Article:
That you possessed an offensive weapon or instrument

An offensive weapon is anything that is made or adapted for offensive purposes. This can include things which are not usually used as weapons, but which may be crafted or used in a way that causes harm – for example, a broken glass bottle, a needle or a screwdriver where you threaten to use them to harm other people.

An offensive weapon also includes things deemed to be ‘dangerous weapons’ – these include firearms, imitation firearms, spear guns and prohibited weapons such as rifles and shotguns.

To possess the offensive weapon, you must have it under your custody and control.

That at the time you possessed the offensive weapon or instrument, you were in a place of detention

A place of detention refers to a correctional centre (i.e. a prison), a correctional complex or a correctional residential facility.

That you did not have a reasonable excuse for possessing the offensive weapon or instrument in the place of detention

You must not have a reasonable or lawful excuse for having the offensive weapon or instrument on you – an example would be where you carried a pistol because you were a security guard, or where you carried a needle to control a medical condition.

Possession of Dangerous Articles other than Firearms – s93FB Crimes Act

The future can seem bleak when you’ve been charged with possessing a dangerous article other than a firearm.

But with the knowledge and expertise of Sydney’s most experienced criminal lawyers, you can rest assured that you will get the most favourable outcome in your case – no matter how serious the charges are.

Your Options

Pleading Not Guilty

To be found guilty of possessing a dangerous article other than a firearm, the prosecution must prove three things beyond a reasonable doubt:

  • That you had a dangerous weapon, other than a firearm
  • That the dangerous weapon was capable of discharging an irritant or other substance that could cause bodily harm, or a fuse or detonator that could be used with an explosive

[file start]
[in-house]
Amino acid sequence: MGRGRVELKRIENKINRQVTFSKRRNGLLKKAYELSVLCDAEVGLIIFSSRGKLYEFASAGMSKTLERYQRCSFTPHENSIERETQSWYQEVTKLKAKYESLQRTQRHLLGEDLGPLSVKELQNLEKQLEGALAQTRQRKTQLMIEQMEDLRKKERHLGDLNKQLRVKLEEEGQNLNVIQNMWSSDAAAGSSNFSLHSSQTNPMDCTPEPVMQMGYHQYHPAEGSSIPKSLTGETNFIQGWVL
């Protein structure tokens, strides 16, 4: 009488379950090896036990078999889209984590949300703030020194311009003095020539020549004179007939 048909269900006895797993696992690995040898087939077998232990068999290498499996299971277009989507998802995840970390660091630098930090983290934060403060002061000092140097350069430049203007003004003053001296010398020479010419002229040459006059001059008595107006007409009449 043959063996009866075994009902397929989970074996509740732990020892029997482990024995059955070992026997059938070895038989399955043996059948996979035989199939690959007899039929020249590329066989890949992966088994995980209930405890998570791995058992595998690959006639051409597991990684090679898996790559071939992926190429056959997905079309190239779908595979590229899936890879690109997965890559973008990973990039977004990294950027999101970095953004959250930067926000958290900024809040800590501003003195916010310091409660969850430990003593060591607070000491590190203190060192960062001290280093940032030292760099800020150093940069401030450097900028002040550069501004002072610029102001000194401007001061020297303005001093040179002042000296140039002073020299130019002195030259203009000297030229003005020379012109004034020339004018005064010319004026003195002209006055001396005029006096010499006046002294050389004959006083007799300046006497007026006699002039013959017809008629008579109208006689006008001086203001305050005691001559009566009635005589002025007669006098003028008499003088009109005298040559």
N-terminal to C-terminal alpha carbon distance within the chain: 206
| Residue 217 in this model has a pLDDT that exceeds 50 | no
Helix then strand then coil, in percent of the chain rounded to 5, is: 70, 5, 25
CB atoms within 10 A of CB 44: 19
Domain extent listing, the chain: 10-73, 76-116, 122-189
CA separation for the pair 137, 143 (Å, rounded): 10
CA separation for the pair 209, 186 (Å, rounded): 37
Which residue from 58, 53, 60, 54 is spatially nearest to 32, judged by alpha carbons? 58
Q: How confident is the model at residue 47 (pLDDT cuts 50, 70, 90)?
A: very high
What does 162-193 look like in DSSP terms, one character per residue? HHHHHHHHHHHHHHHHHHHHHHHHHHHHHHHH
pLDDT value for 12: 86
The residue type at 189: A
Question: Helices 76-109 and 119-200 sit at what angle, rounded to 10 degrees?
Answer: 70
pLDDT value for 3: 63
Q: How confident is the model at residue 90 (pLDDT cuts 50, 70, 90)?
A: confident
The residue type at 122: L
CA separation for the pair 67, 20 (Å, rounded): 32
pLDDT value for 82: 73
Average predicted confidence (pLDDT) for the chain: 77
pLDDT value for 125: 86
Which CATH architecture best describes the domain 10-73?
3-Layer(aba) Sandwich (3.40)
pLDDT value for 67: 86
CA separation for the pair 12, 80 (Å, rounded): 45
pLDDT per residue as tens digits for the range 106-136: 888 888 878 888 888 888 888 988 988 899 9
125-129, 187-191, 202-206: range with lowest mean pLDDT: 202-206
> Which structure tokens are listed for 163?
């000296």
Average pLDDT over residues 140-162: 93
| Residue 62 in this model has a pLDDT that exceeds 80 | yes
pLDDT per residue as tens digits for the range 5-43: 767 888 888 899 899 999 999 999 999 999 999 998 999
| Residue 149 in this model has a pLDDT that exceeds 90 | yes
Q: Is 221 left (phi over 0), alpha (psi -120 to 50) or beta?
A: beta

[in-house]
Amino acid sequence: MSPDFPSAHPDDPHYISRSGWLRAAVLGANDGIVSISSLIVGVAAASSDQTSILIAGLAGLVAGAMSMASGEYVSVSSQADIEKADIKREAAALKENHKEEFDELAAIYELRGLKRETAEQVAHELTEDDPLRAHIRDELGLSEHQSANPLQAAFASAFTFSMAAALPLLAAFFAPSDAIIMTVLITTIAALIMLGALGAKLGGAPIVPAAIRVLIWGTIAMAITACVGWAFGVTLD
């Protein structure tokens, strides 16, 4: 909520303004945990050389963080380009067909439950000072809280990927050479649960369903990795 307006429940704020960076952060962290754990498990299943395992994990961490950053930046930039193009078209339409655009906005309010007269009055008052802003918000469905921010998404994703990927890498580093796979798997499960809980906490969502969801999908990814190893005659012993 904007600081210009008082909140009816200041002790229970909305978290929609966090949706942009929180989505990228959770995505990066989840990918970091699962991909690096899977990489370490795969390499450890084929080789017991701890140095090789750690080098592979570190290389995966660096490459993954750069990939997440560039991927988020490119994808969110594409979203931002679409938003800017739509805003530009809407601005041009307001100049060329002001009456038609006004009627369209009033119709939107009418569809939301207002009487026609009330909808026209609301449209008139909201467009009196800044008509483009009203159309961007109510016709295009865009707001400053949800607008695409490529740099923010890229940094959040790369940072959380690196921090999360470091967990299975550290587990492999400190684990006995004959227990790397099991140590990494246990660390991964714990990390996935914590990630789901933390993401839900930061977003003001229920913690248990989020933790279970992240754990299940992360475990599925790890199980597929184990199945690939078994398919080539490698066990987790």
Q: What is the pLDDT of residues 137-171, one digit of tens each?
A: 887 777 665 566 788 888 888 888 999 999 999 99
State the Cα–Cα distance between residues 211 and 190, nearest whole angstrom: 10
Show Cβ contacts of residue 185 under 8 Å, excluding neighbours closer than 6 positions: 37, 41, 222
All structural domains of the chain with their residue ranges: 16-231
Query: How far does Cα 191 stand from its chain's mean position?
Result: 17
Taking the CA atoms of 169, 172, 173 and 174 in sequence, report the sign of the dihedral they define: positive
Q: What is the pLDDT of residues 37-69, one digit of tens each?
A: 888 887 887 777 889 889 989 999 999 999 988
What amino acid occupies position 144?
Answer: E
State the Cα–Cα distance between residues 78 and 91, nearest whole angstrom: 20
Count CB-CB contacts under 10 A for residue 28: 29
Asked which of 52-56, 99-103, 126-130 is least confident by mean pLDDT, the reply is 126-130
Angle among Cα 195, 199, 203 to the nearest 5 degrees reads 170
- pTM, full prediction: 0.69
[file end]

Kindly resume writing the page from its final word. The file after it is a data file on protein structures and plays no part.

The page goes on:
• That you were in a public place at the time that you possessed the weapon

If you feel that the prosecution will be unable to prove these elements beyond a reasonable doubt, you may wish to plead ‘not guilty.’

Our highly experienced firearms specialists can then advise you of your options when it comes to fighting the charges.

In many cases, our dedicated lawyers have been able to have these types of charges dropped at an early stage by writing to the prosecution highlighting any problems with the prosecution case. This enables our clients to avoid the costs and time involved in a defended hearing.

Should the prosecution refuse to drop the charges, you can rest assured that our persuasive advocates will fight hard to protect you innocence in court by calling all favourable witnesses and presenting the evidence that supports your case in a compelling manner.

We can also advise whether there are any defences to the charges which may result in a finding of ‘not guilty’ if accepted in court.

Some commonly raised defences include:

  • Where you were coerced or threatened into possessing the dangerous article (duress)
  • Where the possession of the dangerous article was necessary to prevent serious injury or danger (necessity)
  • Where you  possessed the dangerous article to protect yourself, your property or another person (self-defence)
  • Where you had a reasonable excuse for possessing the item – for example, if you were a woman walking alone at night and you possessed pepper spray because you had previously been exposed to violence when walking alone at night.

In determining whether you had a reasonable excuse for having the dangerous weapon (for example, self-defence), the court will consider all the facts and circumstances of the case, including:

  • The immediacy of the perceived threat
  • The time and location where the item was possessed
  • The nature of the item possessed
  • The age, characteristics and experiences of the person charged

Pleading Guilty

If you are willing to accept the charges, you may wish to simply plead guilty.

In some cases, pleading guilty at an early stage in the proceedings can be beneficial as it may show to the court that you have accepted responsibility for your actions and that you are remorseful. This may mean that you end up with a lesser penalty.

However, before making the decision to plead guilty, it’s important that you speak to an experienced criminal lawyer as there may be some way to fight the charges and secure a verdict of ‘not guilty.’

You should also be aware of the maximum penalty that may apply if you are found guilty, which in this case is 2 years imprisonment and/or a $5,500 fine.

However, this is a maximum penalty, so it will only apply in the most serious cases.

The type of penalty that you will receive will depend on the facts and circumstances of your case. The court has the power to issue a variety of penalties, for example:

You can increase your chances of getting a good outcome in your case with the help of our experienced criminal lawyers, who will fight to make sure that you get a lenient penalty.

Our skilled lawyers will always fight hard to get you a non conviction order – which is where you are found guilty of the offence but no conviction is recorded on your criminal record, minimising the impact of the offence on your life.

Possessing Explosives in a Public Place – s93FA(1) Crimes Act